Chancellor to suggest that the next PM may need a second referendum
- Credit: Parliament
The chancellor of the exchequer is expected to hint at the need for the next prime minister to consider a second referendum, saying that not having a 'plan B' for Brexit is like not having a plan at all.
He will say that there will be need for "other democratic mechanisms" in exiting the EU beyond what is already being contemplated by Tory leadership hopefuls in order to break the Brexit deadlock.
But his "plan B" has already been shot down by Theresa May, who believes "we should get on with delivering the verdict of the first one", according to a No. 10 spokesperson.
In his speech, the chancellor will warn that a no-deal Brexit could damage the economy and risk the break-up of the United Kingdom.
He will say that the £26.6 billion of "fiscal headroom" - which could potentially be used to increase spending or cut taxes - would be soaked up by a no-deal Brexit.
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Leadership favourite Boris Johnson, who increased his vote share from Tory MPs to 157 in the latest ballot, suggested that he would use the money to fund a tax cut for those earning over £50,000 - but is willing to contemplate a no-deal Brexit.
Hammond is expected to say: "I cannot imagine a Conservative and Unionist-led government, actively pursuing a no-deal Brexit, willing to risk the union and our economic prosperity."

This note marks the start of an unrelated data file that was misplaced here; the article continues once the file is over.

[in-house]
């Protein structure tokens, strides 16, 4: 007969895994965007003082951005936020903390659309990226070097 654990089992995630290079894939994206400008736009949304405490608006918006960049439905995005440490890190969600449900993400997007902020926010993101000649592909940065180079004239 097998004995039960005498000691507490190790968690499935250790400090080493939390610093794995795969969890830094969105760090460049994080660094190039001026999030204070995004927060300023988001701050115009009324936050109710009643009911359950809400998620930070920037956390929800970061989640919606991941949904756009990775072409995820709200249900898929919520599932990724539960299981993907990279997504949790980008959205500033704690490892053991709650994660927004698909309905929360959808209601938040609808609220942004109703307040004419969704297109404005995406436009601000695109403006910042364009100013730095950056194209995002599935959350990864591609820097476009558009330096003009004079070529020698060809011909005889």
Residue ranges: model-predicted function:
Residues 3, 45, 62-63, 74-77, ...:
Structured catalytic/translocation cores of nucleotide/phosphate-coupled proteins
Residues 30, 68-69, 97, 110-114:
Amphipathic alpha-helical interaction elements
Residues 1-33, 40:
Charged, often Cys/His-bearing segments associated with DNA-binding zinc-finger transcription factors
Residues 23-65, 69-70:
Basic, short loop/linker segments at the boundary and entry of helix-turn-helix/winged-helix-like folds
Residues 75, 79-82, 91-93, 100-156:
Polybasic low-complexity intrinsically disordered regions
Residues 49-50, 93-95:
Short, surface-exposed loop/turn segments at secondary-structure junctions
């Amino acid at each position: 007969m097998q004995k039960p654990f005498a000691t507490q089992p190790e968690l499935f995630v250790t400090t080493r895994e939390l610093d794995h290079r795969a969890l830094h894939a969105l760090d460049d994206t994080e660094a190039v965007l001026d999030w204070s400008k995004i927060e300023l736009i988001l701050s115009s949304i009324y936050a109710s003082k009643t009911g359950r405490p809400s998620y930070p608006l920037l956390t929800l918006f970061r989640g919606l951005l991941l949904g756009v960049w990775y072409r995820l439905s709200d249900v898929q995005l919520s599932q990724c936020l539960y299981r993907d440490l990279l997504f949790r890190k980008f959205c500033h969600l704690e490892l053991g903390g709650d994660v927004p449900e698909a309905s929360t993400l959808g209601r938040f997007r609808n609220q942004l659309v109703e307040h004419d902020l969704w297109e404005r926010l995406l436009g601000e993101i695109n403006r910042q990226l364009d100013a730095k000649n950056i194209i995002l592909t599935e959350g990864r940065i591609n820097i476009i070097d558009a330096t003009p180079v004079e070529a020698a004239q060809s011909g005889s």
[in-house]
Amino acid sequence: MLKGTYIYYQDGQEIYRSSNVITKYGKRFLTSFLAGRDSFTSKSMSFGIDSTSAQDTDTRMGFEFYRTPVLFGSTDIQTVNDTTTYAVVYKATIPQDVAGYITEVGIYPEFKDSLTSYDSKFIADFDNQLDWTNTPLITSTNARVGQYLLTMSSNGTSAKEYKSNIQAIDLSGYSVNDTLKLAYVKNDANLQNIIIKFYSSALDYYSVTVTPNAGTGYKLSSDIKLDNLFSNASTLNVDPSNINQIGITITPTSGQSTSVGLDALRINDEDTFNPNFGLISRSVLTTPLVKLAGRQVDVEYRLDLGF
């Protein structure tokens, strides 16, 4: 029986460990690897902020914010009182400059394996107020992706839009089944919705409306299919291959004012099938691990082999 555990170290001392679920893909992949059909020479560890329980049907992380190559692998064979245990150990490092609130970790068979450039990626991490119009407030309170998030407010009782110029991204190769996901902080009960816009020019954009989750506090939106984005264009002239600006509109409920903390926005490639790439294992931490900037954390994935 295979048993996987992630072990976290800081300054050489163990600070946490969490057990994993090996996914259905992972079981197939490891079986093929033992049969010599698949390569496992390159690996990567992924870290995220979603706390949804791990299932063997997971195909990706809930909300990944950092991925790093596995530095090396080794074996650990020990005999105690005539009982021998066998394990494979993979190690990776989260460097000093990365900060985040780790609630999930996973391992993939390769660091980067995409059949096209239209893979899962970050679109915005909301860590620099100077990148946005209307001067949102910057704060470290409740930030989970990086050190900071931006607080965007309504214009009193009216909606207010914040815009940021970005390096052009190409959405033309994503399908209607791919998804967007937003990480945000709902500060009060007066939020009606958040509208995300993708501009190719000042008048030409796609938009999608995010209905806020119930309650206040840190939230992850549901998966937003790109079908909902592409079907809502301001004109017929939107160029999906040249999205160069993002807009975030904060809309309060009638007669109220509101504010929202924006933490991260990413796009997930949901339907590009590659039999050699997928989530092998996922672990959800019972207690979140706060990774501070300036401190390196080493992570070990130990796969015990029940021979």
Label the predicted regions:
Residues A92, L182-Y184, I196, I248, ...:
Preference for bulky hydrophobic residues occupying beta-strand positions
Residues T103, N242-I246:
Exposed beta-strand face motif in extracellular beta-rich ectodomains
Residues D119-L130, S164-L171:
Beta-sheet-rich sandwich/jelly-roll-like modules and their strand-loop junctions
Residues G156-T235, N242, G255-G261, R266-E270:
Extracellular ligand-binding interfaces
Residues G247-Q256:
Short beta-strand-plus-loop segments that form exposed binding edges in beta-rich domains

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It would also risk a general election "that could put Jeremy Corbyn in Downing Street", he will add.
"I will fight, and fight again, to remake the case for pragmatism and, yes, for compromise in our politics - to ensure an outcome that protects the union and the prosperity of the United Kingdom," he will say.
He is also expected to call on the remaining leadership contenders to start spelling out what will happen if their Brexit plans fail, in the light of parliament's refusal to pass Theresa May's deal at the same time as blocking, in principle, a no-deal Brexit.
He is expected to say: "It may be that I'm wrong, and a new leader will persuade parliament to accept the deal it has already rejected, or that the European Union does a 180-degree u-turn and reopens the Withdrawal Agreement."
But if not, candidates must set out what they will do.
"If your plan A is undeliverable, not having a plan B is like not having a plan at all," he will add.
Hammond, who has not declared who he is backing in the leadership contest, will call for the would-be premiers to be "honest with the public".
In a hint at the possibility of a second referendum, he will say: "If the new prime minister cannot end the deadlock in Parliament, then he will have to explore other democratic mechanisms to break the impasse.
"Because if he fails, his job will be on the line - and so too will the jobs and prosperity of millions of our fellow citizens."
The relationship between May and the chancellor has deteriorated, and sources have indicated that Hammond could be prepared to resign if the outgoing prime minister embarks on a spending spree to fund projects to secure her legacy.
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